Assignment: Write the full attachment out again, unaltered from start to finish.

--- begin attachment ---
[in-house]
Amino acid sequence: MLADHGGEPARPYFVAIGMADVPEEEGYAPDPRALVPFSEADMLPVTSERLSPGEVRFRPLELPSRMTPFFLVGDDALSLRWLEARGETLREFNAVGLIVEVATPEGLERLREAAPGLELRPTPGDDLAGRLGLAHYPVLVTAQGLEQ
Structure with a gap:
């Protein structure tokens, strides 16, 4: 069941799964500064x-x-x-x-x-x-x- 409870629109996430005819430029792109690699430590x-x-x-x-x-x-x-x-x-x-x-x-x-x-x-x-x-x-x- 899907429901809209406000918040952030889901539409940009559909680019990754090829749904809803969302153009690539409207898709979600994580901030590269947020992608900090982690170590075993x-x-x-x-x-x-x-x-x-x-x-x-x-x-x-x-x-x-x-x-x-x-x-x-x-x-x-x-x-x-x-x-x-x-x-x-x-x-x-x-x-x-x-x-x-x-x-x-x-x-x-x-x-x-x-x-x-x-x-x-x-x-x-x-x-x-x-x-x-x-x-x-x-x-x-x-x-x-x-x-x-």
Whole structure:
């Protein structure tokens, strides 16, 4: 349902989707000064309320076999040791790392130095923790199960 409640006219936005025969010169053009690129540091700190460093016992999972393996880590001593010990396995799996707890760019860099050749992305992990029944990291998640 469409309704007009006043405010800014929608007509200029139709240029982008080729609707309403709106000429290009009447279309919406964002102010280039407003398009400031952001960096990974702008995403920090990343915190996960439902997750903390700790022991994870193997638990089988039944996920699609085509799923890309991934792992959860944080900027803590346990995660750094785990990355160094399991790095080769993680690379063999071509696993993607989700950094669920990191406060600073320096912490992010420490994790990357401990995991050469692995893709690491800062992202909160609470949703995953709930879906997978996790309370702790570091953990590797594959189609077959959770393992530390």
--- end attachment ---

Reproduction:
[in-house]
Amino acid sequence: MLADHGGEPARPYFVAIGMADVPEEEGYAPDPRALVPFSEADMLPVTSERLSPGEVRFRPLELPSRMTPFFLVGDDALSLRWLEARGETLREFNAVGLIVEVATPEGLERLREAAPGLELRPTPGDDLAGRLGLAHYPVLVTAQGLEQ
Structure with a gap:
């Protein structure tokens, strides 16, 4: 069941799964500064x-x-x-x-x-x-x- 409870629109996430005819430029792109690699430590x-x-x-x-x-x-x-x-x-x-x-x-x-x-x-x-x-x-x- 899907429901809209406000918040952030889901539409940009559909680019990754090829749904809803969302153009690539409207898709979600994580901030590269947020992608900090982690170590075993x-x-x-x-x-x-x-x-x-x-x-x-x-x-x-x-x-x-x-x-x-x-x-x-x-x-x-x-x-x-x-x-x-x-x-x-x-x-x-x-x-x-x-x-x-x-x-x-x-x-x-x-x-x-x-x-x-x-x-x-x-x-x-x-x-x-x-x-x-x-x-x-x-x-x-x-x-x-x-x-x-």
Whole structure:
């Protein structure tokens, strides 16, 4: 349902989707000064309320076999040791790392130095923790199960 409640006219936005025969010169053009690129540091700190460093016992999972393996880590001593010990396995799996707890760019860099050749992305992990029944990291998640 469409309704007009006043405010800014929608007509200029139709240029982008080729609707309403709106000429290009009447279309919406964002102010280039407003398009400031952001960096990974702008995403920090990343915190996960439902997750903390700790022991994870193997638990089988039944996920699609085509799923890309991934792992959860944080900027803590346990995660750094785990990355160094399991790095080769993680690379063999071509696993993607989700950094669920990191406060600073320096912490992010420490994790990357401990995991050469692995893709690491800062992202909160609470949703995953709930879906997978996790309370702790570091953990590797594959189609077959959770393992530390």